1. There are different types of breeders:
2. NEVER buy the first puppy you see; there is a difference in litters. Look for a clean, active, bright-eyed puppy---one that comes readily to you without shying away. He should have been seen by a licensed veterinarian and have received his first inoculations for distemper, hepatitis, parainfluenza, and parvovirus (leptospirosis and corona are optional). The puppy should have been groomed and bathed.
3. For proper animal socialization, the puppies should be with their littermates THROUGH 7 weeks. NEVER BUY A PUPPY YOUNGER than 7 weeks of age, and more preferably 8-10 weeks. If buying an older dog or puppy over twelve weeks of age, make sure that it is well-socialized and has been exposed to different surroundings. Puppies require individual attention each day to help build self-confidence. A personality defect caused by heredity or environmental deficiencies can be improved with very hard work, but will never completely disappear.
4. Tails and dewclaws are done a few days after birth. Ear cropping is usually done around 8-10 weeks and is the responsibility of the breeder, not the buyer. Many Backyard Breeders do not crop puppies' ears in order to keep their costs down. Uncropped ears may have a tendency to lift during teething, and you may end up with a dog whose ears stand erect like a jack rabbit. If you are considering the purchase of an uncropped puppy, but plan to have it cropped, ask the breeder what recourse you will have if the puppy dies under anesthesia. You may be out the price of a puppy. If you prefer an uncropped dog, a knowledgeable breeder should be able to select a puppy for you whose ears will stay down.
5. Reputable breeders have their breeding stock examined yearly by a board-certified veterinary ophthalmologist or ERG'd (electroretinogramed) after 16 weeks of age. If their stock is not testbred clear for Congenital Cataracts, the puppies should be slit-lamp examined after 8 weeks of age. These cataracts will be visible to the owner by about one year of age. Miniature Schnauzers have several eye diseases (most hereditary) that can cause eventual blindness in the dog: Progressive Retinal Atrophy (PRA) causes slow, progressive blindness, while Sudden Acquired Retinal Degeneration (SARD) results in sudden blindness. Low Amplitude Retinal Degeneration (LA) may result in night blindness or visual problems in an older dog. Watch your pet's eyes, have them checked by a veterinary ophthalmologist if you suspect a problem, and if anything abnormal is found, please contact your breeder and let him know the results. Other hereditary health problems that may affect the Miniature Schnauzer are Von Willebrand's Disease (VWD) and bladder stones.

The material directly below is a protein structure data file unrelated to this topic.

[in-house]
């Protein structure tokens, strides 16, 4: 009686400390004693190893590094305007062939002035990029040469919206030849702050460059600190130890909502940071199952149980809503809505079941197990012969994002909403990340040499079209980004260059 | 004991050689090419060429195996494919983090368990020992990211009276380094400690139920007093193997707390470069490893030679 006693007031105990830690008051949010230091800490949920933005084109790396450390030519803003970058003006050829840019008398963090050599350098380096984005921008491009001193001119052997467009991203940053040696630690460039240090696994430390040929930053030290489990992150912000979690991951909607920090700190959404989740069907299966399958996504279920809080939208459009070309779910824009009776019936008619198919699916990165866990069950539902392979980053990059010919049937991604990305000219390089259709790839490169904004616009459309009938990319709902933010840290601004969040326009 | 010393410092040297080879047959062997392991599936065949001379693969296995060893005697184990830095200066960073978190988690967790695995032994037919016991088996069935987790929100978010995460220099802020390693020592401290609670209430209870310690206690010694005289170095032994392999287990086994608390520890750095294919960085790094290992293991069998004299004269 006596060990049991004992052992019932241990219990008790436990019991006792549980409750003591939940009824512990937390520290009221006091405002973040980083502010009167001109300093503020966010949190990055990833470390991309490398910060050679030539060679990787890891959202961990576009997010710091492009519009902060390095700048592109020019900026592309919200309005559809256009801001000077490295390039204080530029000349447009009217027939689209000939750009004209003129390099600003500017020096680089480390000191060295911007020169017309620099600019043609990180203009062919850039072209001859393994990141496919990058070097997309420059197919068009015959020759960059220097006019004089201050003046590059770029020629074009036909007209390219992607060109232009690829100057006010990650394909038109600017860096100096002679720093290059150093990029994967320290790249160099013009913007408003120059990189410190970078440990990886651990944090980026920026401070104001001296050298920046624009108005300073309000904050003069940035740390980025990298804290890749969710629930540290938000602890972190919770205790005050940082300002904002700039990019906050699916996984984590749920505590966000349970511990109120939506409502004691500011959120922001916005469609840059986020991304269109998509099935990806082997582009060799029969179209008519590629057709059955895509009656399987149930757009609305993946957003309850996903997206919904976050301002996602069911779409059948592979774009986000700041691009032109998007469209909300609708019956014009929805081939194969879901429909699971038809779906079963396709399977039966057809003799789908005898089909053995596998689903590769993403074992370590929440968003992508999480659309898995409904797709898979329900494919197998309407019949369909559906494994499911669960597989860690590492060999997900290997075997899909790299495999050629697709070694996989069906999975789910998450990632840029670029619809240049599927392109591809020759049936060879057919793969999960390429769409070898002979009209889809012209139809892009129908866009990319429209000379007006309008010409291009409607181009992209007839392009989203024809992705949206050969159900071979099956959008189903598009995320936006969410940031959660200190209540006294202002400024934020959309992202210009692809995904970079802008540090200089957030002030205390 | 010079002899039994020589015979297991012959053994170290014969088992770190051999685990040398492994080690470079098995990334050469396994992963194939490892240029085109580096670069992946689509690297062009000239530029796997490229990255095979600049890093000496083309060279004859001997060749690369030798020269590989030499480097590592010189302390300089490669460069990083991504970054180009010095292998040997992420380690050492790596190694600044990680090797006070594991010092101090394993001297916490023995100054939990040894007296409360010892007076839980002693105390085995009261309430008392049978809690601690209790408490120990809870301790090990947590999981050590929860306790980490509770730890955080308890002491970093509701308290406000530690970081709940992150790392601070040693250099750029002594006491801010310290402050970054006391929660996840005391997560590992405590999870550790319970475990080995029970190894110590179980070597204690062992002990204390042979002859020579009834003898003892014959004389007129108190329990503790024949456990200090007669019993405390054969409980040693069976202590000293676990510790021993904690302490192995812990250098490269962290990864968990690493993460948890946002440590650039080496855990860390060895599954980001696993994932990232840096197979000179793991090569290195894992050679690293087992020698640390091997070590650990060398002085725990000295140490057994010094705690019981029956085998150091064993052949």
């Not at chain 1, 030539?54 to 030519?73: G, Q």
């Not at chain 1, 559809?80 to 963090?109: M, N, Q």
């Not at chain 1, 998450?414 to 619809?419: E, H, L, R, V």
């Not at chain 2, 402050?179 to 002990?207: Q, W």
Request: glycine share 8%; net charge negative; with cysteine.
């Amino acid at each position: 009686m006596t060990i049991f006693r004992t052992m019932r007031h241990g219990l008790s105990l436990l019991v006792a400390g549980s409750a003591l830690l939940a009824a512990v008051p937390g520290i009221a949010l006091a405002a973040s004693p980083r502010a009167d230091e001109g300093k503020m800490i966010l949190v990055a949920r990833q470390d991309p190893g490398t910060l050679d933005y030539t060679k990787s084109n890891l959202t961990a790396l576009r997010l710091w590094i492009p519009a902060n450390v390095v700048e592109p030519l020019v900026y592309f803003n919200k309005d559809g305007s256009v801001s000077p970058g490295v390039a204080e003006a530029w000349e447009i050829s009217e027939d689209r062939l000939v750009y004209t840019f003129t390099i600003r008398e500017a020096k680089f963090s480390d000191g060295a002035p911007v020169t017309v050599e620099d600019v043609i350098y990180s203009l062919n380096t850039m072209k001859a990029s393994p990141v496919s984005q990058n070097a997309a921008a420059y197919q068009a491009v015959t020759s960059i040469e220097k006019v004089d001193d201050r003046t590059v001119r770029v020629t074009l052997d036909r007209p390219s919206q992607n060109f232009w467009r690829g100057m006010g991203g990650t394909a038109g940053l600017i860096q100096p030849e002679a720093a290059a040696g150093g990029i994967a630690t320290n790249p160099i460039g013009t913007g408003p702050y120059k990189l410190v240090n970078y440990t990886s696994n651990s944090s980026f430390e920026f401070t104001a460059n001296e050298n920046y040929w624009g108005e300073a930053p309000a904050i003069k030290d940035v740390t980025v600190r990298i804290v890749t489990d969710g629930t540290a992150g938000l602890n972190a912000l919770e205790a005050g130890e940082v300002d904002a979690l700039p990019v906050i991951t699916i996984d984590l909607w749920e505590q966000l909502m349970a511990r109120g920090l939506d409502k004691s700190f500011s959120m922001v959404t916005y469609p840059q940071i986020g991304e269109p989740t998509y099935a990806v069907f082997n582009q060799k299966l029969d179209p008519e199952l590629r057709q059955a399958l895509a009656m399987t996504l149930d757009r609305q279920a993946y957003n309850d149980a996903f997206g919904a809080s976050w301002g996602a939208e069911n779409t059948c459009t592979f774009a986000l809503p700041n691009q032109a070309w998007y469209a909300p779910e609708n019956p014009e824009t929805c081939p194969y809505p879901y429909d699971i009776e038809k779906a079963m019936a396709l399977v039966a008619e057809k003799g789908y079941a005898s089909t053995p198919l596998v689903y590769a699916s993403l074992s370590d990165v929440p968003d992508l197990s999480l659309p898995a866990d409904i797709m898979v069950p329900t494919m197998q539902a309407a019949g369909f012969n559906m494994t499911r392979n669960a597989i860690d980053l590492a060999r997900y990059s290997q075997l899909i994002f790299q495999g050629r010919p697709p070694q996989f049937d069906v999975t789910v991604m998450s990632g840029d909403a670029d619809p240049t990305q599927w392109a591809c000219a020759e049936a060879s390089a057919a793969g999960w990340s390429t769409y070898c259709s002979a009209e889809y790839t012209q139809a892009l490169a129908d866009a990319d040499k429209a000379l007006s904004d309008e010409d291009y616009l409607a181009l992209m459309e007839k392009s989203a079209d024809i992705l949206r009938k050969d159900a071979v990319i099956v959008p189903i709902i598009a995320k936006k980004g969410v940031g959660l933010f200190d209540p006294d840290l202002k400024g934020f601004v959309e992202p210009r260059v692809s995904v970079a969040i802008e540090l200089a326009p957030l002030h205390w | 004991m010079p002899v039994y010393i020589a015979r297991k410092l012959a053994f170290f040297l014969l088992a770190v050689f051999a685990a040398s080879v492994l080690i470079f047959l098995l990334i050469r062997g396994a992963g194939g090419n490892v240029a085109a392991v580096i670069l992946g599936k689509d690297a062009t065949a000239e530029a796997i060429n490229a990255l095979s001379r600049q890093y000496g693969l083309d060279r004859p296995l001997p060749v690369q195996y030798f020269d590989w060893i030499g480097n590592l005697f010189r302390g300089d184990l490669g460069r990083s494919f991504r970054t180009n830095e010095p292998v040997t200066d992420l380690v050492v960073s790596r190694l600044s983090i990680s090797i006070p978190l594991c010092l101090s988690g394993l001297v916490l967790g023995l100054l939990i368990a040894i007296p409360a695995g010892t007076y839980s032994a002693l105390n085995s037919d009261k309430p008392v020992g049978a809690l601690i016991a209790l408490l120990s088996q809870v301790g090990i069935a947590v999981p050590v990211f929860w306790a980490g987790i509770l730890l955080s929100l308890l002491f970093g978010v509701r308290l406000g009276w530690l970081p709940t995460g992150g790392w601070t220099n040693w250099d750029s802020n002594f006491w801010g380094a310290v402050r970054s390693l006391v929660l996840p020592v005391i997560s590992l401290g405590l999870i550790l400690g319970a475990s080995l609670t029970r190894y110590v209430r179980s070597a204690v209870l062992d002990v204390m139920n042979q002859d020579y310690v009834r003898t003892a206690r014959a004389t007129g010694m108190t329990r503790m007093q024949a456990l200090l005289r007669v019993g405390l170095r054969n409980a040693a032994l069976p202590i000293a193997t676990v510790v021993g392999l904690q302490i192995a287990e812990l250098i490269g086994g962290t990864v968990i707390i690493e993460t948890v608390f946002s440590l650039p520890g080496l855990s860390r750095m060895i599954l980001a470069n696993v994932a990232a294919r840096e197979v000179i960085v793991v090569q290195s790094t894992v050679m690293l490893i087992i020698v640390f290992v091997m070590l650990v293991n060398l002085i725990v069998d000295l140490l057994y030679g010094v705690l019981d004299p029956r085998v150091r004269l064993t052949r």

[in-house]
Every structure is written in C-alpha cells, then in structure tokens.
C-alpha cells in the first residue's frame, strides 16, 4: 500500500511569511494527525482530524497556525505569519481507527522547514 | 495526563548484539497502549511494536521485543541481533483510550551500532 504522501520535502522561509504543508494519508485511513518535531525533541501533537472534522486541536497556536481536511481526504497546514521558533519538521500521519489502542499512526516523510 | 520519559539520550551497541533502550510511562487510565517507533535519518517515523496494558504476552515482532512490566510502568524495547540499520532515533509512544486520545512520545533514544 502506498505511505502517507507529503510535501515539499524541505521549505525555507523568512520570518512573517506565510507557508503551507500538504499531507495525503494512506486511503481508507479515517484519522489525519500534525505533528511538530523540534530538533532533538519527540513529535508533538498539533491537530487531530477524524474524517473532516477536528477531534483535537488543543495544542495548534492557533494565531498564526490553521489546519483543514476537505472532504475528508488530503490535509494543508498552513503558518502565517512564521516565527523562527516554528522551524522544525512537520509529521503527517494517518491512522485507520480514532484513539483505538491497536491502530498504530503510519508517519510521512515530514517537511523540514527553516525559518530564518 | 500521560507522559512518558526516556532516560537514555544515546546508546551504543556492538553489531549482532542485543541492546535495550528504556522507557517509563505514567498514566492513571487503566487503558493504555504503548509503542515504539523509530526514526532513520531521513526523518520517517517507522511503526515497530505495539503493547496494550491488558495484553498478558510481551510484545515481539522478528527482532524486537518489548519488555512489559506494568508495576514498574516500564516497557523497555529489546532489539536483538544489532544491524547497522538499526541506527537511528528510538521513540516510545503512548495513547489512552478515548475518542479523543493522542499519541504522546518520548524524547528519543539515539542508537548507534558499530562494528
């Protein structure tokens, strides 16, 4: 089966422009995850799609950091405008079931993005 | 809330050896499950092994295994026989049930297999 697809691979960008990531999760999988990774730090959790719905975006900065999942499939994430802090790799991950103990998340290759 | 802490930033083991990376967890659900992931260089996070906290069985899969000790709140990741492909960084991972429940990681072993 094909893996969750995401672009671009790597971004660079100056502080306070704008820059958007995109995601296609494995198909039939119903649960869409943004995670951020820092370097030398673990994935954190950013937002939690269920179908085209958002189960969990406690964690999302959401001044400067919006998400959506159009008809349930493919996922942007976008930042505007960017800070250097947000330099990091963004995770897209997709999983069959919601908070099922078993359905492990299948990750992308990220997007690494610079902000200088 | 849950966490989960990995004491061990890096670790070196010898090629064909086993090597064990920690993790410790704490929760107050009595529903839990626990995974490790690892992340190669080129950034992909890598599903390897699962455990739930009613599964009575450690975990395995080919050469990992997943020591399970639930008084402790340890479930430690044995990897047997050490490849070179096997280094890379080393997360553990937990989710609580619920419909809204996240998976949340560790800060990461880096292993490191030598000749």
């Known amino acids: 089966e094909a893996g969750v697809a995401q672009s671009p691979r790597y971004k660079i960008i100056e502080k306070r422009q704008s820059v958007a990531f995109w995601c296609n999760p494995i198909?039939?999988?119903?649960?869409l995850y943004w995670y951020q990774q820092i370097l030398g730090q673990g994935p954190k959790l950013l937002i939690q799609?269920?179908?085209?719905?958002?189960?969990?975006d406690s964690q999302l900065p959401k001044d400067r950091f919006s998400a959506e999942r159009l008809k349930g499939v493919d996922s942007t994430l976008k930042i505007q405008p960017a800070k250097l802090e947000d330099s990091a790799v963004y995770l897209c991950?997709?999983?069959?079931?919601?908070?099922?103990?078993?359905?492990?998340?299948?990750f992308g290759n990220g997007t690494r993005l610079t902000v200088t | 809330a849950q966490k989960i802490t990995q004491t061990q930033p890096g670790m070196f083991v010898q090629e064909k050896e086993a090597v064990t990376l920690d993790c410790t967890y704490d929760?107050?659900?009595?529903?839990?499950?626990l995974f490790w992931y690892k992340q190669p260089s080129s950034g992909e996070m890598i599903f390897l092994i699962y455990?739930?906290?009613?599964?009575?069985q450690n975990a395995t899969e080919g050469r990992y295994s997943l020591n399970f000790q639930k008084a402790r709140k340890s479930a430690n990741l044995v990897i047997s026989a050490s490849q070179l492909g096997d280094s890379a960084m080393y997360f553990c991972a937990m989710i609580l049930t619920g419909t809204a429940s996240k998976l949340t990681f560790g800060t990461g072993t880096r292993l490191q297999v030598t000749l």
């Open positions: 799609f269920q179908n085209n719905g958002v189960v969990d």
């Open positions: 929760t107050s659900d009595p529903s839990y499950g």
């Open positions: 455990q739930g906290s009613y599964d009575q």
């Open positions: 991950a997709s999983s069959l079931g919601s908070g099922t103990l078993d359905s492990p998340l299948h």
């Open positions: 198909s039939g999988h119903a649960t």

6. As a purchaser, you should receive a 3-5 generation pedigree and a written contract guaranteeing health. The contract must state that he or she is a purebred Miniature Schnauzer, and you should have it specified in writing that he/she is clear of Congenital Cataracts. You should be allowed 3-5 working days to have the puppy examined by your veterinarian, and if anything is wrong with the puppy, be given your money back. A reputable breeder stands behind his or her dogs. Some breeders withhold registration papers until they get proof of sterilization or sell dogs with Limited Registration Privileges to insure that pet-quality animals will not be bred.
7. NEVER BUY A PUPPY AS A GIFT AND NEVER BUY A PUPPY THROUGH A THIRD PARTY!
8. There are only three acceptable colors for Miniature Schnauzers. They are Salt & Pepper, Black, and Black & Silver.
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